Becoming a certified Canadian professional can be a rewarding, but tedious process. Let us clarify the inner workings of the certified professional designation world.
Typically, professions are regulated by labor standards and professional associations. These professional associations maintain the profession’s working conditions and protect the public from unethical practices. Members must meet the organization’s standards to practice their profession and retain that advantageous designation. However, not all designations are created equal, some are necessary, while others are only supplemental.
Professional certifications, sometimes considered licenses are legally required to practice in specific fields. For example, according to Quebec’s civil law regarding professional codes, it is illegal to claim a certified designation without going through each province’s respective professional association. These licenses can range from accounting, dentistry, to aviation. They are usually obtained by graduates in university programs recognized by their field’s provincial professional order. However, the process depends on the field; some require bachelor’s degree, others (like physicians) require a masters, and some simply require a vocational degree. Some fields are heavily regulated whereas others are less restrictive.
Supplemental designations are designations that are not required to practice in a field, but provide specialized knowledge and a competitive advantage. Even if these certificates may not be required by law to practice a profession, employers might favor candidates with them if they deem it essential for the offered position. For example, according to Service Canada, auditing designations—such as the Certified Internal Auditor (CIA) certification—are not required to practice. Therefore, Canadian accountants need a licence to practice accounting such as the Chartered Accountant Certification (CPA), but can perform audits in their field without the CIA designation. There are also certificates unrelated to designations that demonstrate proficiency in certain programming languages or software. For example, a variety of certifications are offered by Adobe for passing their product’s knowledge courses and exams. Whether to give you a specialty or to prove your ability to use a software effectively in the office, they are still valuable to have on your CV.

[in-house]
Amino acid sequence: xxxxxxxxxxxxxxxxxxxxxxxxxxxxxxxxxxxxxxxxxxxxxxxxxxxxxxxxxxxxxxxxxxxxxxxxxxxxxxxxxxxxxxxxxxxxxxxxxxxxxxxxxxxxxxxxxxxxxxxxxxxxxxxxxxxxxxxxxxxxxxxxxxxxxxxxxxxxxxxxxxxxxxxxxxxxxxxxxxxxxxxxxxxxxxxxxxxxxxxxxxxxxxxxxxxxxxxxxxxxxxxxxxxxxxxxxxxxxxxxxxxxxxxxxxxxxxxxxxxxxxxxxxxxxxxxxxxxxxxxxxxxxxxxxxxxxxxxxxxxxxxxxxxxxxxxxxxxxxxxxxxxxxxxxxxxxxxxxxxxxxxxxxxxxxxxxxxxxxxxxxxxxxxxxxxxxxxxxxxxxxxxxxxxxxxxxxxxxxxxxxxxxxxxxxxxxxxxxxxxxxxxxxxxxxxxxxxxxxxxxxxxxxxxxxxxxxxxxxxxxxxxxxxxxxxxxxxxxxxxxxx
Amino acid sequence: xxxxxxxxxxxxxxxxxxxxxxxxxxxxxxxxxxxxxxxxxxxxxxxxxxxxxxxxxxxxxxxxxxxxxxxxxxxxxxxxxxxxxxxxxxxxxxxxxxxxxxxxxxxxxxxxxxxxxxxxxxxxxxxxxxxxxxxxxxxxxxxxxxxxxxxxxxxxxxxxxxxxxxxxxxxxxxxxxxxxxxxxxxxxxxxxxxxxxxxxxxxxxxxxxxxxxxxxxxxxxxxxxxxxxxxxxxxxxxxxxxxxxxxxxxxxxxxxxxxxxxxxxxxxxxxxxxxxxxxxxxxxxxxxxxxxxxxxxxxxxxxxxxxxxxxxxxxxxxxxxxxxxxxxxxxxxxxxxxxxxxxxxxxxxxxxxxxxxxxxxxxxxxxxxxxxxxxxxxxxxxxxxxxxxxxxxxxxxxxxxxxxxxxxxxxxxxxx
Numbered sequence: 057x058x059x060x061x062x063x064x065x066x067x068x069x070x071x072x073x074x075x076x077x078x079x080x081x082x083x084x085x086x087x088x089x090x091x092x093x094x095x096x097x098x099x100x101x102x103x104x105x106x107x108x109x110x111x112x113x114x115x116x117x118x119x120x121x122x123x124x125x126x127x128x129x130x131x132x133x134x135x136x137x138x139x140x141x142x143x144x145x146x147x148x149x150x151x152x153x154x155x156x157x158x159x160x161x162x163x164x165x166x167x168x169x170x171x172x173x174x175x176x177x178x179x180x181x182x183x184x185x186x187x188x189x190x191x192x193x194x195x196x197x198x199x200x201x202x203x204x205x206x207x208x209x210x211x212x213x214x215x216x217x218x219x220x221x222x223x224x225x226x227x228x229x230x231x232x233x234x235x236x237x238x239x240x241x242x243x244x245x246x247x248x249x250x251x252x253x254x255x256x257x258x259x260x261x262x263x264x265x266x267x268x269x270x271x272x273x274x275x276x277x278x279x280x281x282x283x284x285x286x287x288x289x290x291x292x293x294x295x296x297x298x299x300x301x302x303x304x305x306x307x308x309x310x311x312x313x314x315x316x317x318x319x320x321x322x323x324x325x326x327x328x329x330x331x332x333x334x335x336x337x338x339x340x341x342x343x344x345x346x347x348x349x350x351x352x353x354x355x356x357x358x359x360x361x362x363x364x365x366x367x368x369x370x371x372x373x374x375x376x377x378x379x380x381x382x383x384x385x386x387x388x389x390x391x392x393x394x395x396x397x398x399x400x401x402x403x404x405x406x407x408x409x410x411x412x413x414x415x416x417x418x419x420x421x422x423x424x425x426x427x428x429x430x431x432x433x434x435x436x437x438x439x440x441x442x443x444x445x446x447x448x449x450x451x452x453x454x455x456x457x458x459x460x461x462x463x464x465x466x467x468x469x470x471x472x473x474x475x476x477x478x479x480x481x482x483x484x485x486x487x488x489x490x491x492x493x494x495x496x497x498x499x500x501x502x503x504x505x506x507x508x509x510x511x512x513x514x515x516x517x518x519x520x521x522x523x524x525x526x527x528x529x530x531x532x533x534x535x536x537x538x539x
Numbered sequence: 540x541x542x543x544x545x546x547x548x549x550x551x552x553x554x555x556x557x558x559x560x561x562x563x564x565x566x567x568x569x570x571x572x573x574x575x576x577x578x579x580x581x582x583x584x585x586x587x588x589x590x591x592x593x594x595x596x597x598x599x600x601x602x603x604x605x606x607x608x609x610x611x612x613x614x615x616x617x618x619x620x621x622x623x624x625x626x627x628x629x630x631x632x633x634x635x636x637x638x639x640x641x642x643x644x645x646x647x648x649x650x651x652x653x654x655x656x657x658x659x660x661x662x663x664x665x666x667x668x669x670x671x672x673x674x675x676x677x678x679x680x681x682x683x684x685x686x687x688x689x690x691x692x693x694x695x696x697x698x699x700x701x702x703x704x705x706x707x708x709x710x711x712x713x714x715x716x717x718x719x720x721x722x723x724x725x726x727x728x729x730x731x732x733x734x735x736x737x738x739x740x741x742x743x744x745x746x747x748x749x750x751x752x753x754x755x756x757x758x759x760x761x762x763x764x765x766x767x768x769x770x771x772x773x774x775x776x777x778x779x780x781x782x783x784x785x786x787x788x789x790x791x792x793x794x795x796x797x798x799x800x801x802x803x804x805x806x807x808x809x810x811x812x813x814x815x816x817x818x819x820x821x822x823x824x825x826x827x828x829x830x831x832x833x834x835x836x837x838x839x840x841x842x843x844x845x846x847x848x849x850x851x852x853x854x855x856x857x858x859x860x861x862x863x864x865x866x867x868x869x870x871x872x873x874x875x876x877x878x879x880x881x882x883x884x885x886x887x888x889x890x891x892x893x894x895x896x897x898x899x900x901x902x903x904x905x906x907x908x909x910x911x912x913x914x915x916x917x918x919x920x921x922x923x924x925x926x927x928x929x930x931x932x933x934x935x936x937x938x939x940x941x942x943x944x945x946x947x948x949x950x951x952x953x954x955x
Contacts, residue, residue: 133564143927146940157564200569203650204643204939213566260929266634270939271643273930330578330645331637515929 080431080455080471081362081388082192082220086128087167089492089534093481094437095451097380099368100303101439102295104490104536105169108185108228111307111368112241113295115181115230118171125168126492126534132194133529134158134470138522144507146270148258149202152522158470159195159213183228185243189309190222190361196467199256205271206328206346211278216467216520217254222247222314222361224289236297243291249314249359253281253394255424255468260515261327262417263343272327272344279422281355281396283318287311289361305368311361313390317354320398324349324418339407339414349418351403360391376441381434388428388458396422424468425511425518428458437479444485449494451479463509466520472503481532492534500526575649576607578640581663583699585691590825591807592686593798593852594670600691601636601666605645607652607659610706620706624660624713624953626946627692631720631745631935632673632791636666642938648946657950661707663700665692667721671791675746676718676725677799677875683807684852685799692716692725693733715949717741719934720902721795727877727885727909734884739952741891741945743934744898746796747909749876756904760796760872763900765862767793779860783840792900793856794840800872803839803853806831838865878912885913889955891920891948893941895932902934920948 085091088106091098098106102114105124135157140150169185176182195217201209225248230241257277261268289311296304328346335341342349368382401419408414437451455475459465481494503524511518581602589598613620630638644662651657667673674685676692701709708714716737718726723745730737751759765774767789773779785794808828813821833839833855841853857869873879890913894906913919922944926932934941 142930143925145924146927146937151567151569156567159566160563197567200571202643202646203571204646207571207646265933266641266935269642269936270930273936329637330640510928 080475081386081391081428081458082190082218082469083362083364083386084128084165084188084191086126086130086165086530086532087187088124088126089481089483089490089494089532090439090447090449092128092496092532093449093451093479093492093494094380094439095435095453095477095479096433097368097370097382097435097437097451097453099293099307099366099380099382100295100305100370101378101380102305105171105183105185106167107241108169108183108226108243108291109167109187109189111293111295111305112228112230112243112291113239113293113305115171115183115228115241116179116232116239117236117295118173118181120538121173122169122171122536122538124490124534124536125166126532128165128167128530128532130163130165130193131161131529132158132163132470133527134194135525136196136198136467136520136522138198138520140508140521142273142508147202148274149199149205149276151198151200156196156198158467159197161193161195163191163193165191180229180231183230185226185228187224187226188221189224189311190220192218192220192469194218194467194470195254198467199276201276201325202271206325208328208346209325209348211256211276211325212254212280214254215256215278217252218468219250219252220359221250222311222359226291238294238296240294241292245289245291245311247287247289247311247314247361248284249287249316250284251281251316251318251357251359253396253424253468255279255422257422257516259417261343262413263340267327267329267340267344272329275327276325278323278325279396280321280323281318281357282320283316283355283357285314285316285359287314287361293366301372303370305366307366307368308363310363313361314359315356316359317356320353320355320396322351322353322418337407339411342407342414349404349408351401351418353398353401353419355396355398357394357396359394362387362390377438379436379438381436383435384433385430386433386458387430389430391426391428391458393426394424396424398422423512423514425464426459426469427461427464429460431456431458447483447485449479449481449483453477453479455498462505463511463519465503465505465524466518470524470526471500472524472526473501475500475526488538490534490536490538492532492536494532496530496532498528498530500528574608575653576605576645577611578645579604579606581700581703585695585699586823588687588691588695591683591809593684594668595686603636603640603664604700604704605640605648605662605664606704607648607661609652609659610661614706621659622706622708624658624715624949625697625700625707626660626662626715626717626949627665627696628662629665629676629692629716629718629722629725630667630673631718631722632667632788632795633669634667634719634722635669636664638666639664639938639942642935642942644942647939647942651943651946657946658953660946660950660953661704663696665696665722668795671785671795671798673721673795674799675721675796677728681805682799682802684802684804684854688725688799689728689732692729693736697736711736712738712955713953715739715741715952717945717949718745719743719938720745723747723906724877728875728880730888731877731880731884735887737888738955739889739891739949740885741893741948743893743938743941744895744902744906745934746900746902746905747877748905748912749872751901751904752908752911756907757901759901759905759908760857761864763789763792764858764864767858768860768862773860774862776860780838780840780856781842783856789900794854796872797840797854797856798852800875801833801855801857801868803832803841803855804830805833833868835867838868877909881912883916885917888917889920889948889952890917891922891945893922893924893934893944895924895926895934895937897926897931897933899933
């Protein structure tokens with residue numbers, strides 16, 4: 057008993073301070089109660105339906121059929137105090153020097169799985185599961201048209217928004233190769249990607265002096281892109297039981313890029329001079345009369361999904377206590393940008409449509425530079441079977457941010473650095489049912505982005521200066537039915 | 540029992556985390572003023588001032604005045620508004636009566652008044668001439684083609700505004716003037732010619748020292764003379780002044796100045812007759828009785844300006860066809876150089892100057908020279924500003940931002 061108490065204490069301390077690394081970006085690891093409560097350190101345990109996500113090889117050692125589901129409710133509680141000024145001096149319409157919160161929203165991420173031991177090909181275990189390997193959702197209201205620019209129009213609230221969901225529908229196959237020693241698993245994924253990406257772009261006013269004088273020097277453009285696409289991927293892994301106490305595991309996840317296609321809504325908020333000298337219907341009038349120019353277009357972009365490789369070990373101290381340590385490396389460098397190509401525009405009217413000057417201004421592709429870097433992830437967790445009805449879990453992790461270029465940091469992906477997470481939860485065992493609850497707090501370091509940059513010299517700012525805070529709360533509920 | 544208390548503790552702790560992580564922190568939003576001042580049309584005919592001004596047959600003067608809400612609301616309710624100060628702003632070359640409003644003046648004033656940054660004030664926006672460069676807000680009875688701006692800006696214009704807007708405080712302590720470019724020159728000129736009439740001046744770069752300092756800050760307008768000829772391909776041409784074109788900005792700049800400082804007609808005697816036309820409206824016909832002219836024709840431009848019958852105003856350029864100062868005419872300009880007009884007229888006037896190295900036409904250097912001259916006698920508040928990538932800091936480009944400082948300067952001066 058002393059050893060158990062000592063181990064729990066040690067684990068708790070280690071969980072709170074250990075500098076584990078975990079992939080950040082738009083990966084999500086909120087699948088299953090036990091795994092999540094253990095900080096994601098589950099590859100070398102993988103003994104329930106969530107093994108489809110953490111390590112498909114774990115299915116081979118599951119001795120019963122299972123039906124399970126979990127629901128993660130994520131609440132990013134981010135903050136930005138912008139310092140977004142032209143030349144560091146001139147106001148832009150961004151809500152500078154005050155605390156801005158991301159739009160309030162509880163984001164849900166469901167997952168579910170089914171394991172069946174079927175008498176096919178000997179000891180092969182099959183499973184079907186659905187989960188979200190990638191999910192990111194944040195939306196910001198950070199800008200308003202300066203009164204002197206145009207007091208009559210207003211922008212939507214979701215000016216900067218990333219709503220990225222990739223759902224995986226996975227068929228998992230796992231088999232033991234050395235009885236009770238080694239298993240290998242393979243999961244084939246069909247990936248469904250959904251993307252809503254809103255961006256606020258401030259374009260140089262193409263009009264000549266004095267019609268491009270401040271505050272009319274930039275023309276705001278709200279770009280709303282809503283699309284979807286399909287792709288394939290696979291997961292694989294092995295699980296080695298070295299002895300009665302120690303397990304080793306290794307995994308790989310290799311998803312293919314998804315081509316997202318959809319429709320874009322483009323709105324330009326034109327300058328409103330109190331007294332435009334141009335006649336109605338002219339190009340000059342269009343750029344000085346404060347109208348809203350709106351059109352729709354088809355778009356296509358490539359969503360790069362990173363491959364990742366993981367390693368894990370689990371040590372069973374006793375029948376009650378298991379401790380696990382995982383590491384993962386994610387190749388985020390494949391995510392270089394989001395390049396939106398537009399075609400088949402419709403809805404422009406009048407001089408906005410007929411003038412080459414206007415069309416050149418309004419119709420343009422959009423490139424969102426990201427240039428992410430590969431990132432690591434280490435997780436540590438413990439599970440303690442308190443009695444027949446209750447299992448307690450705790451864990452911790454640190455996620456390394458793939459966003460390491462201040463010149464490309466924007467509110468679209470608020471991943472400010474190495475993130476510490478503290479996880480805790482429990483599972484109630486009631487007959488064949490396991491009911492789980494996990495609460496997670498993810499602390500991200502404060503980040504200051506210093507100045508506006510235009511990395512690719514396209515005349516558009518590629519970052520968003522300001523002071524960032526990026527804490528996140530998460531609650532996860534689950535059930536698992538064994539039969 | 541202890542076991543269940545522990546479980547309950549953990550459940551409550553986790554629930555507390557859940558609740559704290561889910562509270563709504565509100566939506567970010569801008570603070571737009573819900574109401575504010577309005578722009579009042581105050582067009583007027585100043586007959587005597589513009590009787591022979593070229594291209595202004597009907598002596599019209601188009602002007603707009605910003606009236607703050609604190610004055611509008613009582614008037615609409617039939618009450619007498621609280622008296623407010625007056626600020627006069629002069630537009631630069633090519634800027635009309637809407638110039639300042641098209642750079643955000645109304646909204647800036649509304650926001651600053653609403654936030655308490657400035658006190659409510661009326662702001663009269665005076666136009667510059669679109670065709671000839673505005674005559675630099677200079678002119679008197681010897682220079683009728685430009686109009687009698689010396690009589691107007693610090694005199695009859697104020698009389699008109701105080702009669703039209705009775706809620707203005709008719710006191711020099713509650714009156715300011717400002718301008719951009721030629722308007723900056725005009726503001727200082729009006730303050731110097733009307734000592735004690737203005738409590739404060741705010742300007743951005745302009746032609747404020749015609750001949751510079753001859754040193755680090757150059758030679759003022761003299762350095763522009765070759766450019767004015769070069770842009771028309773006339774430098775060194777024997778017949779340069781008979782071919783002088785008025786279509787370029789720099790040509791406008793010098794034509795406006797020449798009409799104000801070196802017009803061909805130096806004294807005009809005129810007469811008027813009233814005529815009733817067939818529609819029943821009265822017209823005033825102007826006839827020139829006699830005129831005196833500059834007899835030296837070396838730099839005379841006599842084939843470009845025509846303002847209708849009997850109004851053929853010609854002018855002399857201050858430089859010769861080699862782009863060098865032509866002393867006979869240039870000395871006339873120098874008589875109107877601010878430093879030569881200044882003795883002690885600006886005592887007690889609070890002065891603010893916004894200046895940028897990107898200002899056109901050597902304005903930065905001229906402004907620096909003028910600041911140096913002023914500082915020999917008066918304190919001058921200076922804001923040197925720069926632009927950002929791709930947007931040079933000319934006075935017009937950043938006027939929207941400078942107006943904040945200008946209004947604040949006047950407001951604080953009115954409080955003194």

Universities provide professional knowledge in a field; however, some programs are not officially recognized. Oftentimes, universities offer different levels in same program and only the honors program or a specialization will be recognized. For example, the Ordre des traducteurs, terminologues et interprètes agréés du Québec (OTTIAQ) will only certify translation students in the specialization and not in the major profile. Be wary of your program and check the certification standards required by your provincial order. The criteria differs per institution and may even differ depending on the province.